So, do mirrorless cameras have this advantage? They do not. This is a huge advantage for DSLR cameras because it allows you to view exactly what you are about to shoot in real-time. Mirrorless cameras and most point-and-shoot cameras tend to have a lag, where DSLR cameras do not. But on the defense of a mirrorless camera, DSLRs do not allow you to preview your exposure through the viewfinder like mirrorless cameras do.
What is a mirrorless camera?
Now let’s talk about mirrorless cameras. What are they? In a mirrorless camera, light passes directly through the lens and straight to the image sensor, which then allows you to view a preview of your image on the display screen (display screens are found on the rear side of your camera). In some mirrorless camera models, there are even two display screens, one is located on the rear and the other is found in the viewfinder that you can see when you put your eye to it. As you can see, there are pros and cons to both. The use of mirrors allows you to view real-time what you’re aiming at in DSLR, which makes them bigger. At the same time, mirrorless cameras take out that mirror for a smaller size, yet only allow you to view your subjects with a display screen. Which leads us to our next comparison.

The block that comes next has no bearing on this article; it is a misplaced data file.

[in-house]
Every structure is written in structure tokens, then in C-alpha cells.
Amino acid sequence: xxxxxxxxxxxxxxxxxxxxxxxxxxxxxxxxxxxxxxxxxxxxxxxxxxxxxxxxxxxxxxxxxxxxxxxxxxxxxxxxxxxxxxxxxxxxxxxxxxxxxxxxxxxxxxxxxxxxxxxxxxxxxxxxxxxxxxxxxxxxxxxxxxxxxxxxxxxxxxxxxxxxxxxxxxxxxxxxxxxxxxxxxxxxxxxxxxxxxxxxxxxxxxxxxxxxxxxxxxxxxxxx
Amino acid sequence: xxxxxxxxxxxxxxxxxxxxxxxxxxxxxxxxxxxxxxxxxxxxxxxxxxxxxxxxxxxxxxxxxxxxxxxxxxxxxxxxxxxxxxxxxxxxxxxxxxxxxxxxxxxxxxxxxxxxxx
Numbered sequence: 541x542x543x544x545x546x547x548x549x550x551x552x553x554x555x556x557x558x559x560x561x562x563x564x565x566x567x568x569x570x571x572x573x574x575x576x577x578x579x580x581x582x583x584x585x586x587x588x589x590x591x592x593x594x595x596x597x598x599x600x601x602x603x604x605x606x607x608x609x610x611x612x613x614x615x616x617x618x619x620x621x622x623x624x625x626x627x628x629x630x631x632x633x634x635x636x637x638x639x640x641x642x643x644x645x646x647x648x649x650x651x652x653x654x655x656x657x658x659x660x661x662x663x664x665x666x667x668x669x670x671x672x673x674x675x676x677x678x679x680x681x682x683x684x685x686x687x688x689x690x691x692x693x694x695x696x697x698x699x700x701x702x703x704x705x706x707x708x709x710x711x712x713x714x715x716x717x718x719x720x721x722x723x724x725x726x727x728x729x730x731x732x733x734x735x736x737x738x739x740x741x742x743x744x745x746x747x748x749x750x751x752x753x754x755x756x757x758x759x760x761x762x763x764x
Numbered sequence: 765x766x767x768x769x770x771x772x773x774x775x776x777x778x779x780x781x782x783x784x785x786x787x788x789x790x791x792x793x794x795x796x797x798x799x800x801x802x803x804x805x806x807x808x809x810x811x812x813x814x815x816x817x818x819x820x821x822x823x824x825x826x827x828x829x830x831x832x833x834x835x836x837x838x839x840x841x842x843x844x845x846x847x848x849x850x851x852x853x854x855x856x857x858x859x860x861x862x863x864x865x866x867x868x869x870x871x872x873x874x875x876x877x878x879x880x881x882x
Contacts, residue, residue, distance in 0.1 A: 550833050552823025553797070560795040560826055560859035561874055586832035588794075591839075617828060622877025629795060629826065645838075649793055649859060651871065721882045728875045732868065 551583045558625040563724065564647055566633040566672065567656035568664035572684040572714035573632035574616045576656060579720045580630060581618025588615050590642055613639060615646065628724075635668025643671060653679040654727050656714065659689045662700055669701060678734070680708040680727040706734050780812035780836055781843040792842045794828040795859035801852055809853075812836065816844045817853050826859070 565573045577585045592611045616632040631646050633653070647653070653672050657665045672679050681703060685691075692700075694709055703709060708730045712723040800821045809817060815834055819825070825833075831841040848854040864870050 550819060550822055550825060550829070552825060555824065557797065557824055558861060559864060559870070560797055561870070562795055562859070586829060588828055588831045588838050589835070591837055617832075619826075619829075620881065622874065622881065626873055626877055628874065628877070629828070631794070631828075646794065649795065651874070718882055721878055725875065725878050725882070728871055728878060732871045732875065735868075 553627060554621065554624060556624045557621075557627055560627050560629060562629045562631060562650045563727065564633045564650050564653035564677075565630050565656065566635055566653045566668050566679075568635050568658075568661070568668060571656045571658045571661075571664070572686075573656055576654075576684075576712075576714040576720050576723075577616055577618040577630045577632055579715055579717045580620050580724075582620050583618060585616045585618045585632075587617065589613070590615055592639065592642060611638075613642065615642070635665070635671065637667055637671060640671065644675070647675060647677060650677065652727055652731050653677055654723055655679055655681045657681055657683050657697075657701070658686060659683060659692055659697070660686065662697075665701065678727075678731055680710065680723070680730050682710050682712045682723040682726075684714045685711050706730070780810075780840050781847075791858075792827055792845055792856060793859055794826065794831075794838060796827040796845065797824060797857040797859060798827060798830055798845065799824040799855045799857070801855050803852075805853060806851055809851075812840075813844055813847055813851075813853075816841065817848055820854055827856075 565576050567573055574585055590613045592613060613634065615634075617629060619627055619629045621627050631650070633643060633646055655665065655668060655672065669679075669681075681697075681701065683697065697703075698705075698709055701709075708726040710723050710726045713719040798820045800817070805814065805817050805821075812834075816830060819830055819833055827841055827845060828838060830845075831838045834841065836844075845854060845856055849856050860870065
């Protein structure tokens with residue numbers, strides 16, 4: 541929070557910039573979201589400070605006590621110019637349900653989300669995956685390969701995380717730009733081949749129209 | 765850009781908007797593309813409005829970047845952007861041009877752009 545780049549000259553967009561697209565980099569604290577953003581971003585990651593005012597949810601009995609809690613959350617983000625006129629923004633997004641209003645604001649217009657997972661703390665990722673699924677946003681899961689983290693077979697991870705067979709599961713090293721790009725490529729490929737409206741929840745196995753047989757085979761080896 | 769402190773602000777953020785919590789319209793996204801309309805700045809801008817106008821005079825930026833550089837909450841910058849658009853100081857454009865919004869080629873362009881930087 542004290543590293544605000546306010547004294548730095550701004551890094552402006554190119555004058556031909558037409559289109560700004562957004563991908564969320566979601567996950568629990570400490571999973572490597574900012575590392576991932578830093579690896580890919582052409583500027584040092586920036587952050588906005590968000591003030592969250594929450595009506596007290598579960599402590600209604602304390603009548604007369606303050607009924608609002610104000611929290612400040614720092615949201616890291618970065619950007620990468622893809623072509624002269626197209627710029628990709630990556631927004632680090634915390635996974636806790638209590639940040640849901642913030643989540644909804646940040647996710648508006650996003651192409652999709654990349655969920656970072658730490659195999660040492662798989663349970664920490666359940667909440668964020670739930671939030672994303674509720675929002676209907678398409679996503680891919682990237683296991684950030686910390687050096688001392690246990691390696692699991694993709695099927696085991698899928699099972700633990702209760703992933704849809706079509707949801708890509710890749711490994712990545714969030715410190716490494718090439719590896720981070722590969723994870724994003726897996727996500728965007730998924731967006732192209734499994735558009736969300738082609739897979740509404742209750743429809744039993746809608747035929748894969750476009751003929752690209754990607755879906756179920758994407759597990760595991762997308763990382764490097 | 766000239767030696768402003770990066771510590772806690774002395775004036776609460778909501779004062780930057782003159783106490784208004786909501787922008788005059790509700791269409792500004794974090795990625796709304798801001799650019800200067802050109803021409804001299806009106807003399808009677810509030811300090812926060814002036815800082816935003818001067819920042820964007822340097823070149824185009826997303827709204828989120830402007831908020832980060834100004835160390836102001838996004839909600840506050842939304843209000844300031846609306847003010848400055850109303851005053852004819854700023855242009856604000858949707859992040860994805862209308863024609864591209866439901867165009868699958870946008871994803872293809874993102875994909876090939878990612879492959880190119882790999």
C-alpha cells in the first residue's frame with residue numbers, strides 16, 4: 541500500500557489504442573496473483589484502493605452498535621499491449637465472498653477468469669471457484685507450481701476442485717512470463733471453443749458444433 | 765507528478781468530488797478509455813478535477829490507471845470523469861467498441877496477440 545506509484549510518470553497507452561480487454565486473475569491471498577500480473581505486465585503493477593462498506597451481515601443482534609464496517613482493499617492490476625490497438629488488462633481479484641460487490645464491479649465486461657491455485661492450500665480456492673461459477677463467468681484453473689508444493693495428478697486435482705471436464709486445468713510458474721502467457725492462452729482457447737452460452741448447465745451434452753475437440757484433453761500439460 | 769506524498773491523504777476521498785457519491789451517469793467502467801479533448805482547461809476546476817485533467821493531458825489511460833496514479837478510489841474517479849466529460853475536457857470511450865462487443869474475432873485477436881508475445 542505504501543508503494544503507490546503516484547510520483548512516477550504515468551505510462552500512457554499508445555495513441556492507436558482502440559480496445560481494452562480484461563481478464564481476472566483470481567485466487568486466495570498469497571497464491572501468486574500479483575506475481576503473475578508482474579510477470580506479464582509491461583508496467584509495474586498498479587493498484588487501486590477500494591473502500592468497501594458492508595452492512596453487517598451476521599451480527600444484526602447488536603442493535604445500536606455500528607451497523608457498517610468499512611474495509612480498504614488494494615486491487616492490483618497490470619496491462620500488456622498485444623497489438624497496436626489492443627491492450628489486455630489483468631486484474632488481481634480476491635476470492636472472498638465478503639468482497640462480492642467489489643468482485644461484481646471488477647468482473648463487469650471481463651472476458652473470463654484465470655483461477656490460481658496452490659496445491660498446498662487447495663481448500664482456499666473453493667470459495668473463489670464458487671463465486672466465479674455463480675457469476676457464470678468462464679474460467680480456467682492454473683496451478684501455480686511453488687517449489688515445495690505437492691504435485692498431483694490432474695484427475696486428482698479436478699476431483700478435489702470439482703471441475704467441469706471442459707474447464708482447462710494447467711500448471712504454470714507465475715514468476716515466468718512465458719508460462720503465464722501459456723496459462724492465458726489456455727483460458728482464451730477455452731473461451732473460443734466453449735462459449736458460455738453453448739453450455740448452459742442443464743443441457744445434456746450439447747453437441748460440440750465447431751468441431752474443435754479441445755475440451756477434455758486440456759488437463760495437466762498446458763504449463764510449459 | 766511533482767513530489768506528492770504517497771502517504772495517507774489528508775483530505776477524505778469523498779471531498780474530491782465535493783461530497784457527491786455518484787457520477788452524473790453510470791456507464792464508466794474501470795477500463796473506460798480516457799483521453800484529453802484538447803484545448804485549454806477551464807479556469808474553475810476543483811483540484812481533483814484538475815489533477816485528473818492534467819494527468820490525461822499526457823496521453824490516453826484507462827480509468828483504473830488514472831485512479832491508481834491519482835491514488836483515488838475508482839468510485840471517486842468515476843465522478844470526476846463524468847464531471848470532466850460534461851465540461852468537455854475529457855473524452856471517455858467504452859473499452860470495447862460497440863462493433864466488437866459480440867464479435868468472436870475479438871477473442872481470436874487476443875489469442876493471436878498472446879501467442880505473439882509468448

Size and weight does matter
You might be asking yourself the same thing I was wondering when doing all this research. Why create a mirrorless camera if we already have DSLR camera models to choose from? And the answer is size. DSLR vs. mirrorless camera on size comes down to DSLR cameras being chunky, and in older models, quite heavy and bulky. The reason DSLR’s are much bigger than your average mirrorless camera is because of the built-in mirror and prism portion found in the body of the camera.